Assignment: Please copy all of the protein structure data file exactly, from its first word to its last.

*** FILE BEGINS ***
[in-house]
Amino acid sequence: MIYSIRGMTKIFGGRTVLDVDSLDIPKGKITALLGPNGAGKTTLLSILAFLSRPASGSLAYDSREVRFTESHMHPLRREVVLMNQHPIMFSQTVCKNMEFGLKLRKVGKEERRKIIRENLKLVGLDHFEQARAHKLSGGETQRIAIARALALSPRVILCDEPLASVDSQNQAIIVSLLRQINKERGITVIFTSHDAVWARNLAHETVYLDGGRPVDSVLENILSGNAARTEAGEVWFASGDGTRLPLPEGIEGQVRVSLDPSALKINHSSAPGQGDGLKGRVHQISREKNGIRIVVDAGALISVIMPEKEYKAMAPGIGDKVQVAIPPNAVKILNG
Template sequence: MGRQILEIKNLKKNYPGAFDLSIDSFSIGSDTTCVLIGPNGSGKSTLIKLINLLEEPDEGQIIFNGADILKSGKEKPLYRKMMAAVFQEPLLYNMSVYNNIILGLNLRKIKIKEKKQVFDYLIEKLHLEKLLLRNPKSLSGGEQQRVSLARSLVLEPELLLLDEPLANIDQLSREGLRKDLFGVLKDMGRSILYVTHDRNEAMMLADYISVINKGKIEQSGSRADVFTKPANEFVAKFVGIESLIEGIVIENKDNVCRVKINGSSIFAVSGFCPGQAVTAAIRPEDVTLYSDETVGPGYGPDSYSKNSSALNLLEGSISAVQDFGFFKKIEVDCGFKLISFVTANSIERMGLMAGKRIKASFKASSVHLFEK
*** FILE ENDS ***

[in-house]
Amino acid sequence: MIYSIRGMTKIFGGRTVLDVDSLDIPKGKITALLGPNGAGKTTLLSILAFLSRPASGSLAYDSREVRFTESHMHPLRREVVLMNQHPIMFSQTVCKNMEFGLKLRKVGKEERRKIIRENLKLVGLDHFEQARAHKLSGGETQRIAIARALALSPRVILCDEPLASVDSQNQAIIVSLLRQINKERGITVIFTSHDAVWARNLAHETVYLDGGRPVDSVLENILSGNAARTEAGEVWFASGDGTRLPLPEGIEGQVRVSLDPSALKINHSSAPGQGDGLKGRVHQISREKNGIRIVVDAGALISVIMPEKEYKAMAPGIGDKVQVAIPPNAVKILNG
Template sequence: MGRQILEIKNLKKNYPGAFDLSIDSFSIGSDTTCVLIGPNGSGKSTLIKLINLLEEPDEGQIIFNGADILKSGKEKPLYRKMMAAVFQEPLLYNMSVYNNIILGLNLRKIKIKEKKQVFDYLIEKLHLEKLLLRNPKSLSGGEQQRVSLARSLVLEPELLLLDEPLANIDQLSREGLRKDLFGVLKDMGRSILYVTHDRNEAMMLADYISVINKGKIEQSGSRADVFTKPANEFVAKFVGIESLIEGIVIENKDNVCRVKINGSSIFAVSGFCPGQAVTAAIRPEDVTLYSDETVGPGYGPDSYSKNSSALNLLEGSISAVQDFGFFKKIEVDCGFKLISFVTANSIERMGLMAGKRIKASFKASSVHLFEK